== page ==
(20 Buck Spin)

Australia’s CAULDRON BLACK RAM have been around since 1996, though with only four full-lengths. Featuring members of MOURNFUL CONGREGATION who’ve been around even slightly longer, CAULDRON BLACK RAM are sort of all over the place in their music. There’s a little Death, a little Black, a little Doom and a little Freeform in places. Trying to get settled into a steady rhythm while listening to them is near impossible as the music and tempo changes like MEGADETH changes members. “Slaver” starts off with ‘Flame’, doomy guitars in places, chugging guitars in others and galloping guitars in even others. The vocals remind me of an ogre’s threats to a shivering peasant. ‘Smoke Pours From The Orifices Of The Crematory Idol’ (best song title ever) is another slow, murky track, as ‘Stones Break Bones’ is a more upbeat number. The production itself sounds natural as it actually sounds like the band’s playing in front of you. The tightness isn’t always there, but that’s one of the likeable things about them. Perfection isn’t always a positive. ‘Graves Awaiting Corpses’ is a stomper of a track which is followed by ‘His Appearance’ which features maybe the simplest of riffs on the album. But don’t let the simplicity of the track fool you. The band itself shows their talents abundantly on “Slaver” in an ever-changing way. ‘Whore To War’ sounds like an army on the move, ready to smash everyone in its way. ‘Temples To Death’ smothers its listener with a wall of smoky guitars and vocals. The eighth track ‘Slaver’ crushes, as ‘The Pit’ has a classic, Epic Metal sound that could’ve hailed from the 90s. ‘His Exultance’ wraps up the album with its marching drums and slithering guitars. All in all, CAULDRON BLACK RAM have created a satisfying collection of songs. With its constantly evolving riffs throughout, you won’t get bored. It definitely fits in its own little niche in the Metal world. For more info, check out,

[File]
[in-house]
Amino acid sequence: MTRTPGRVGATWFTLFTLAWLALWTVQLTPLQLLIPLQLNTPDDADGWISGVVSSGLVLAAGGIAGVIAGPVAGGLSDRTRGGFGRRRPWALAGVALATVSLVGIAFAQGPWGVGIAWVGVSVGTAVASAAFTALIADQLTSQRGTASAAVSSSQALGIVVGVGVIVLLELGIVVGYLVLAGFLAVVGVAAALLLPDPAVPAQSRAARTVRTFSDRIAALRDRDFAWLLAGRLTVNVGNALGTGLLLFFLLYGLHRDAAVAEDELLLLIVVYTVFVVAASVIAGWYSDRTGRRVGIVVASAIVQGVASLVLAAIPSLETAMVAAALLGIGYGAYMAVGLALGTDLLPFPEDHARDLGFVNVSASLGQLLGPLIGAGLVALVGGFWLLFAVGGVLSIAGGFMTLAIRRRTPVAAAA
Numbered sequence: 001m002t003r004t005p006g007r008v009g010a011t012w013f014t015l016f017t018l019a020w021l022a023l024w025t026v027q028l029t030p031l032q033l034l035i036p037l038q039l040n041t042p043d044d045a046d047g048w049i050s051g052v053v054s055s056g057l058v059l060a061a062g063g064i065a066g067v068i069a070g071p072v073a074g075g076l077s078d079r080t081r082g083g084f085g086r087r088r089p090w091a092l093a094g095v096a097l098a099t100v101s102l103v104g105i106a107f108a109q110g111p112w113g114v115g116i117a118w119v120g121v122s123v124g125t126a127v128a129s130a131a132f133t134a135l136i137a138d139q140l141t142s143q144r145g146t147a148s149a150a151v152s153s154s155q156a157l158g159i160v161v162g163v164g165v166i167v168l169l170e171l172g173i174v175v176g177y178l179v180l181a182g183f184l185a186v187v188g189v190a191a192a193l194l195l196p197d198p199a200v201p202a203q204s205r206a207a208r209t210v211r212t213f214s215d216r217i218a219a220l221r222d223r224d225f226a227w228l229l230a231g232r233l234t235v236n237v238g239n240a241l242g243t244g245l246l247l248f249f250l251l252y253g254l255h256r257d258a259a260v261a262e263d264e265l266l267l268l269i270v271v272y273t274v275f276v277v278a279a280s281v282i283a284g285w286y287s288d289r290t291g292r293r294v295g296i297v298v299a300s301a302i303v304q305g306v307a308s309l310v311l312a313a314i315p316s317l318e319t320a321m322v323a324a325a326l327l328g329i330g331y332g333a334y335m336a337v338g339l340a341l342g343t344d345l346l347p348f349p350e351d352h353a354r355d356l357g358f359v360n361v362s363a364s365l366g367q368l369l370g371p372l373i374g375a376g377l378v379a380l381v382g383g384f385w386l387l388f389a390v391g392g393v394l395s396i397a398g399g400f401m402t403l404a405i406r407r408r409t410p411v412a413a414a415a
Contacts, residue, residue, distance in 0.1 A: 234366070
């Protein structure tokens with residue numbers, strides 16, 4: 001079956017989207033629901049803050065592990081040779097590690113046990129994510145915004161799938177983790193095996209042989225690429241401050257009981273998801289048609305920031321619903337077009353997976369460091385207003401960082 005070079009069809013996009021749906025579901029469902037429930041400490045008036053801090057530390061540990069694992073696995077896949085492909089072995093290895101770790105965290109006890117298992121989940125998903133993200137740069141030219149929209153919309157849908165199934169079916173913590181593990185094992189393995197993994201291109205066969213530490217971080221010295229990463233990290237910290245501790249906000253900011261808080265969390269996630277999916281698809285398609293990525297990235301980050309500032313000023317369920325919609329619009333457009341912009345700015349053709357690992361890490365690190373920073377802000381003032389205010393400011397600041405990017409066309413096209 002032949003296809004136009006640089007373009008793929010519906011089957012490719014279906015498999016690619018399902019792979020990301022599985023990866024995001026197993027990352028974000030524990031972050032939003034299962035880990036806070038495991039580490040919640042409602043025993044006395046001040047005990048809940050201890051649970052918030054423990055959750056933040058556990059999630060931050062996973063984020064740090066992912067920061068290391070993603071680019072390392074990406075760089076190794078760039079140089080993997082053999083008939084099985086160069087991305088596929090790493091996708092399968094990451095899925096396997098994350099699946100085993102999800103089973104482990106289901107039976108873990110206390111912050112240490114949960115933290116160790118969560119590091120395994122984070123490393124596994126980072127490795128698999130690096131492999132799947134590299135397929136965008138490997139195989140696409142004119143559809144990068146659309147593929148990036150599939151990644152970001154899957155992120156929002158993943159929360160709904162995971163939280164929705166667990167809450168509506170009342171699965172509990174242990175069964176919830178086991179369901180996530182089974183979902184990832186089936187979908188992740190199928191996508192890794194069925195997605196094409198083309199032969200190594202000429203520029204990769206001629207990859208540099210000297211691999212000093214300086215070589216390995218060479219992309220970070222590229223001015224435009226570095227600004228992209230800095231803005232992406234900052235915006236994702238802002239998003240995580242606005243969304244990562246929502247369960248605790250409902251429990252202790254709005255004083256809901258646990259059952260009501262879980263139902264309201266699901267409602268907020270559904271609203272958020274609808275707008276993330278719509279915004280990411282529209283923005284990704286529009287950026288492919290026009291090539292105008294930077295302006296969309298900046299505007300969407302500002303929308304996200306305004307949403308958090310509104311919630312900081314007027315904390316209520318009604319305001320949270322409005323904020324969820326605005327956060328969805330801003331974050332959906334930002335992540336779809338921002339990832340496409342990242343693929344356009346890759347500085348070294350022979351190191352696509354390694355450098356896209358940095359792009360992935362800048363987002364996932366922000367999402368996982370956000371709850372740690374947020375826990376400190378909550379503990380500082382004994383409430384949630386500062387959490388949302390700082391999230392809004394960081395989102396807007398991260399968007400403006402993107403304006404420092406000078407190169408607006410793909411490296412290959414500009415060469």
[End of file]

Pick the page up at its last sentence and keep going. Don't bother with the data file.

David Simonton

David Simonton

Related reviews / interviews:
CAULDRON BLACK RAM - The Poisoner (Nathan Shapiro)
CAULDRON BLACK RAM - Slubberdegullion (Thomas Ehrmann)

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